School can be so exciting, especially early in the year. The fall and winter holidays continue to liven up the classroom.
But winter can get rather old after the charm of snowflakes wears off. The quiet of winter can make a classroom almost sleepy.
When I noticed the doldrums trying to creep into my classroom one year, I just had to do something!
On the weekend I caught sight of a bright purplish teddy bear in the mall. It seemed to call my name as it was so unusual.
I had recently read several pieces by Leo Buscaglia and even was honored to hear him speak. He told a story of drawing a tree in school which looked like one at home. But the teacher insisted it wasn’t a tree. He was instructed to draw it a certain way like the others, with a rectangle trunk, a green circle at the top, and little red apples. But that didn’t ring true to his actual experiences!
This inspirational speaker knew that kids’ ideas need to be heard. His comments resonated with the huge crowd of educators in the audience.
His ideas struck home with me and I soon decided my weekend purchase was going to be dubbed The Magenta Man. I knew then he’d be the Classroom Superhero, and the kids would have someone in their corner at school. (I knew Leo Buscalgia would approve, as he never used plain words like purple when more scintillating words like magenta were available.)
If you wonder why I used the male gender, I’m afflicted with a love of alliteration! The magenta teddy bear was also male in his clothes, so it was a natural. (Nothing against us females. Someone should make up a classroom superhero who is female!)
Magenta Man would sit on a special and rather private nook in a corner of my classroom. The students could visit him and write him questions or comments. There was only one chair there since it was a time for thoughtful reflection and writing one’s ideas.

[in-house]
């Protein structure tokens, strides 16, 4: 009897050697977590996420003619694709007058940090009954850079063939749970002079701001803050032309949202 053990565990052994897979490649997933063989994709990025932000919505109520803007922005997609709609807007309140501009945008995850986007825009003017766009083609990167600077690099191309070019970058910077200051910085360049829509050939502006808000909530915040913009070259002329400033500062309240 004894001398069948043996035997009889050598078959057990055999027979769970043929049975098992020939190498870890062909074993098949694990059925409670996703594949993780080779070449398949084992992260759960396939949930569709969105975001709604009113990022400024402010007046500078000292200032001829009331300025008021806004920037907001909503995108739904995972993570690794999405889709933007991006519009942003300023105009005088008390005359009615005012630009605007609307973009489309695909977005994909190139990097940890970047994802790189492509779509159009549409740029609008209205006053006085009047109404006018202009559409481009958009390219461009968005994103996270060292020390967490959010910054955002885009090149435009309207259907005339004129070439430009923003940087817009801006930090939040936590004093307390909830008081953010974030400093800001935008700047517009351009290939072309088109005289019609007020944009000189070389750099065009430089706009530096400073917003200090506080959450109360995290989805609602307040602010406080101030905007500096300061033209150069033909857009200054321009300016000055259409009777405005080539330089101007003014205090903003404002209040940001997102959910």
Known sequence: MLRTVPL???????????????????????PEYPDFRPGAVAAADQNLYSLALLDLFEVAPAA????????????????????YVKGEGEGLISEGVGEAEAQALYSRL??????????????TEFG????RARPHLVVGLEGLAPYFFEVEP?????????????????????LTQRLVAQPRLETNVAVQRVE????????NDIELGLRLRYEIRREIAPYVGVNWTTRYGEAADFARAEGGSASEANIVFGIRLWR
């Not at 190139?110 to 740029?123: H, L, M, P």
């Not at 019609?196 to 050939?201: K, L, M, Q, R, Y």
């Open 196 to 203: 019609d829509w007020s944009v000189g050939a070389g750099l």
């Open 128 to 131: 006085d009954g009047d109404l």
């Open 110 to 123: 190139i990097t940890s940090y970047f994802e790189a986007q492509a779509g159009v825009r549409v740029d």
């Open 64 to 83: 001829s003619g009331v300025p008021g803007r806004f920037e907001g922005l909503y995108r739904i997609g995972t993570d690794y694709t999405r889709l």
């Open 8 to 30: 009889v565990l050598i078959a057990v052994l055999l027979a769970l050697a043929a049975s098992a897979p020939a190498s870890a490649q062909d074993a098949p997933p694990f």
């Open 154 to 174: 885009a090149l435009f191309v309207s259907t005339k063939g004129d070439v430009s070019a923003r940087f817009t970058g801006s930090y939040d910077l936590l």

This superhero only had time on the weekend to respond, and he answered each and every note the kids wrote, large or small. He was characterized as shy but very wise. He only came to life when the building was completely empty.
Here are two of Magenta Man’s friends. No one could ever take a picture of the classroom superhero since he only moved around when no one was in the school. . .
Yes, the students probably knew it was a classroom myth. But the love of magical thinking is music to the ears of many children. Several of them became avid writers under his influence.
It was amazing how seriously the children took their interactions with Magenta Man. They poured out their hearts in their writing. Sometimes they told him funny stories. He liked it when they labeled them Fiction or Non-Fiction:-)
These experiences energized the kids’ writing and was personally uplifting while encouraging development of communication skills for both academic and personal uses.
The Magenta Man always wrote in a purplish magic marker. I had to do a bit of shopping to locate a number of identical magenta-type writing instruments.
Mondays always brought kids eager to return to school for the answers from their favorite superhero pen pal. His answers were never judgmental, and he always let them know he was honored to be allowed to read the child’s ideas. Sometimes he gave bits of advice but they were always delivered with clear respect for the reader.
Magenta Man provided many growth experiences for the students in writing and personal responsibility. He reminded us teachers of the importance of a little magic on those days when school could be in danger of being boring.
Most of all, Magenta Man gave the students individual attention, made them feel listened to, and encouraged them to see their everyday lives as important. He showed the courage to be different and empowered children to be themselves. That superhero knew what Buscaglia knew, that it wasn’t just about subjects, it was about living.
One lad said it best, “Magenta Man, he’s da man!”
Copyright by Hildra Tague. Obtain permission for use in print or online.